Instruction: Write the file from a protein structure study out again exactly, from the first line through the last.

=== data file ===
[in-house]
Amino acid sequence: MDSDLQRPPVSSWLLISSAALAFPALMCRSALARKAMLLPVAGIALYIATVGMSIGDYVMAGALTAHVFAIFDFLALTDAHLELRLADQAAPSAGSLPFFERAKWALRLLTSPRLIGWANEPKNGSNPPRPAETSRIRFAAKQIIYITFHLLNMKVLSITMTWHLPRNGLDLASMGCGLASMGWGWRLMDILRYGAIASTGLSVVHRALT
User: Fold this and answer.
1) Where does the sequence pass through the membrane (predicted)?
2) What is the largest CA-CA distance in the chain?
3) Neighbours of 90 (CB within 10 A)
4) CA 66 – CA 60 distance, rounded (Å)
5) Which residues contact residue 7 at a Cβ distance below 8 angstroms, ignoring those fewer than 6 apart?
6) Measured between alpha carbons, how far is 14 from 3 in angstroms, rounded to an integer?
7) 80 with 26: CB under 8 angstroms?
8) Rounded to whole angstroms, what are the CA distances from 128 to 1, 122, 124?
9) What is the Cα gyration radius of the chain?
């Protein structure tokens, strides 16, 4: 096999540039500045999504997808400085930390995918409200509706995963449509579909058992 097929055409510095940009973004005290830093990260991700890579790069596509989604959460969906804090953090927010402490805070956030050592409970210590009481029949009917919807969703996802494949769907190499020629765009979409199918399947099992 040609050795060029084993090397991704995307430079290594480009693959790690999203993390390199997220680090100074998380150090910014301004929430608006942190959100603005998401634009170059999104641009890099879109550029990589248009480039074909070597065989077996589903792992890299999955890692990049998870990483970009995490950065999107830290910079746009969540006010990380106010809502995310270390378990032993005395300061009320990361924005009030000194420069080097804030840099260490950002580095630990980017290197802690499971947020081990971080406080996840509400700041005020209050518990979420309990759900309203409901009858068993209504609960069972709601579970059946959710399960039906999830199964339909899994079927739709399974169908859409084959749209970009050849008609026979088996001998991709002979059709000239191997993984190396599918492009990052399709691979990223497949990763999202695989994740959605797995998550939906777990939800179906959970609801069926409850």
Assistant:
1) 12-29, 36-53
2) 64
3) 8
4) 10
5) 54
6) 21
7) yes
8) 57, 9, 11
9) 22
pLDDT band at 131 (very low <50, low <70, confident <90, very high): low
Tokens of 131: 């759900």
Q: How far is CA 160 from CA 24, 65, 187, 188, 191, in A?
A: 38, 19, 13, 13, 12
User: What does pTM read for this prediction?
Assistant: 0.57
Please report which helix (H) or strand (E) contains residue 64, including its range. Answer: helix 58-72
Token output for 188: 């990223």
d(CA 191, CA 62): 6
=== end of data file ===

[in-house]
Amino acid sequence: MDSDLQRPPVSSWLLISSAALAFPALMCRSALARKAMLLPVAGIALYIATVGMSIGDYVMAGALTAHVFAIFDFLALTDAHLELRLADQAAPSAGSLPFFERAKWALRLLTSPRLIGWANEPKNGSNPPRPAETSRIRFAAKQIIYITFHLLNMKVLSITMTWHLPRNGLDLASMGCGLASMGWGWRLMDILRYGAIASTGLSVVHRALT
User: Fold this and answer.
1) Where does the sequence pass through the membrane (predicted)?
2) What is the largest CA-CA distance in the chain?
3) Neighbours of 90 (CB within 10 A)
4) CA 66 – CA 60 distance, rounded (Å)
5) Which residues contact residue 7 at a Cβ distance below 8 angstroms, ignoring those fewer than 6 apart?
6) Measured between alpha carbons, how far is 14 from 3 in angstroms, rounded to an integer?
7) 80 with 26: CB under 8 angstroms?
8) Rounded to whole angstroms, what are the CA distances from 128 to 1, 122, 124?
9) What is the Cα gyration radius of the chain?
């Protein structure tokens, strides 16, 4: 096999540039500045999504997808400085930390995918409200509706995963449509579909058992 097929055409510095940009973004005290830093990260991700890579790069596509989604959460969906804090953090927010402490805070956030050592409970210590009481029949009917919807969703996802494949769907190499020629765009979409199918399947099992 040609050795060029084993090397991704995307430079290594480009693959790690999203993390390199997220680090100074998380150090910014301004929430608006942190959100603005998401634009170059999104641009890099879109550029990589248009480039074909070597065989077996589903792992890299999955890692990049998870990483970009995490950065999107830290910079746009969540006010990380106010809502995310270390378990032993005395300061009320990361924005009030000194420069080097804030840099260490950002580095630990980017290197802690499971947020081990971080406080996840509400700041005020209050518990979420309990759900309203409901009858068993209504609960069972709601579970059946959710399960039906999830199964339909899994079927739709399974169908859409084959749209970009050849008609026979088996001998991709002979059709000239191997993984190396599918492009990052399709691979990223497949990763999202695989994740959605797995998550939906777990939800179906959970609801069926409850």
Assistant:
1) 12-29, 36-53
2) 64
3) 8
4) 10
5) 54
6) 21
7) yes
8) 57, 9, 11
9) 22
pLDDT band at 131 (very low <50, low <70, confident <90, very high): low
Tokens of 131: 């759900």
Q: How far is CA 160 from CA 24, 65, 187, 188, 191, in A?
A: 38, 19, 13, 13, 12
User: What does pTM read for this prediction?
Assistant: 0.57
Please report which helix (H) or strand (E) contains residue 64, including its range. Answer: helix 58-72
Token output for 188: 């990223």
d(CA 191, CA 62): 6